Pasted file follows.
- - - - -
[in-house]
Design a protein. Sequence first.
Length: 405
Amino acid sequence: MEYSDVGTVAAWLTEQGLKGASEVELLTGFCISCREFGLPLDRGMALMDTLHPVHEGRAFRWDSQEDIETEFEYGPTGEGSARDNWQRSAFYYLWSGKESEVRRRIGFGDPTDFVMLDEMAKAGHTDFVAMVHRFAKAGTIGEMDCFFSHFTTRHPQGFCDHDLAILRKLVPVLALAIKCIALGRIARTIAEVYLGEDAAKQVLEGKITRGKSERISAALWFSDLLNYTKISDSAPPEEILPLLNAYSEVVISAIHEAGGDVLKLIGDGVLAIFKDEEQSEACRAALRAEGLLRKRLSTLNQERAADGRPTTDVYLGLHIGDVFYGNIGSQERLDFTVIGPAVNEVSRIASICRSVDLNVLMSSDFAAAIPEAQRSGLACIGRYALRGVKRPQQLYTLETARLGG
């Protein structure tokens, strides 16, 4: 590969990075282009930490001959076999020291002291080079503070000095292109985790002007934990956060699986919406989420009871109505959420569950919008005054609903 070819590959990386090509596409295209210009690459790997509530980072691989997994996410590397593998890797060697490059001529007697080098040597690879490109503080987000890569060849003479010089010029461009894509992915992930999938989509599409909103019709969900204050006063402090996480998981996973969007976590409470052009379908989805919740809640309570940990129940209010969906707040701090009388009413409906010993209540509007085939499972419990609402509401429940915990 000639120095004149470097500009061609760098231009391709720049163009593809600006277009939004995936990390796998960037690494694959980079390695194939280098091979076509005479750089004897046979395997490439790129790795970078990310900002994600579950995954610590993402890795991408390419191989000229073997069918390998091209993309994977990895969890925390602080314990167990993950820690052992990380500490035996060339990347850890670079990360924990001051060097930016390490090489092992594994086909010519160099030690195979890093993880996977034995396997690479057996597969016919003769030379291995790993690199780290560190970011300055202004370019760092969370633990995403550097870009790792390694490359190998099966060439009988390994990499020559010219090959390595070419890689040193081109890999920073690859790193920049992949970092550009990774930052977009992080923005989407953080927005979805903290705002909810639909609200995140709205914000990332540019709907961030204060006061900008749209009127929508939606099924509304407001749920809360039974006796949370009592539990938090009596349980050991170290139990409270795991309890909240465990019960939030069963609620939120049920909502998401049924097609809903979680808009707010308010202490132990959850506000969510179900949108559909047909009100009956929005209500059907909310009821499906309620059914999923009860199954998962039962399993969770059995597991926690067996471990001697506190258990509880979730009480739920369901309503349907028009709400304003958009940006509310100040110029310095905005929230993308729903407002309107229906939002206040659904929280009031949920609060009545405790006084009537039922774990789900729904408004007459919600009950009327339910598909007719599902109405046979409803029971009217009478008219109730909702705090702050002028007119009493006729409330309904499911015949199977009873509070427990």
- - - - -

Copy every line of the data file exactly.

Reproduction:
[in-house]
Design a protein. Sequence first.
Length: 405
Amino acid sequence: MEYSDVGTVAAWLTEQGLKGASEVELLTGFCISCREFGLPLDRGMALMDTLHPVHEGRAFRWDSQEDIETEFEYGPTGEGSARDNWQRSAFYYLWSGKESEVRRRIGFGDPTDFVMLDEMAKAGHTDFVAMVHRFAKAGTIGEMDCFFSHFTTRHPQGFCDHDLAILRKLVPVLALAIKCIALGRIARTIAEVYLGEDAAKQVLEGKITRGKSERISAALWFSDLLNYTKISDSAPPEEILPLLNAYSEVVISAIHEAGGDVLKLIGDGVLAIFKDEEQSEACRAALRAEGLLRKRLSTLNQERAADGRPTTDVYLGLHIGDVFYGNIGSQERLDFTVIGPAVNEVSRIASICRSVDLNVLMSSDFAAAIPEAQRSGLACIGRYALRGVKRPQQLYTLETARLGG
């Protein structure tokens, strides 16, 4: 590969990075282009930490001959076999020291002291080079503070000095292109985790002007934990956060699986919406989420009871109505959420569950919008005054609903 070819590959990386090509596409295209210009690459790997509530980072691989997994996410590397593998890797060697490059001529007697080098040597690879490109503080987000890569060849003479010089010029461009894509992915992930999938989509599409909103019709969900204050006063402090996480998981996973969007976590409470052009379908989805919740809640309570940990129940209010969906707040701090009388009413409906010993209540509007085939499972419990609402509401429940915990 000639120095004149470097500009061609760098231009391709720049163009593809600006277009939004995936990390796998960037690494694959980079390695194939280098091979076509005479750089004897046979395997490439790129790795970078990310900002994600579950995954610590993402890795991408390419191989000229073997069918390998091209993309994977990895969890925390602080314990167990993950820690052992990380500490035996060339990347850890670079990360924990001051060097930016390490090489092992594994086909010519160099030690195979890093993880996977034995396997690479057996597969016919003769030379291995790993690199780290560190970011300055202004370019760092969370633990995403550097870009790792390694490359190998099966060439009988390994990499020559010219090959390595070419890689040193081109890999920073690859790193920049992949970092550009990774930052977009992080923005989407953080927005979805903290705002909810639909609200995140709205914000990332540019709907961030204060006061900008749209009127929508939606099924509304407001749920809360039974006796949370009592539990938090009596349980050991170290139990409270795991309890909240465990019960939030069963609620939120049920909502998401049924097609809903979680808009707010308010202490132990959850506000969510179900949108559909047909009100009956929005209500059907909310009821499906309620059914999923009860199954998962039962399993969770059995597991926690067996471990001697506190258990509880979730009480739920369901309503349907028009709400304003958009940006509310100040110029310095905005929230993308729903407002309107229906939002206040659904929280009031949920609060009545405790006084009537039922774990789900729904408004007459919600009950009327339910598909007719599902109405046979409803029971009217009478008219109730909702705090702050002028007119009493006729409330309904499911015949199977009873509070427990």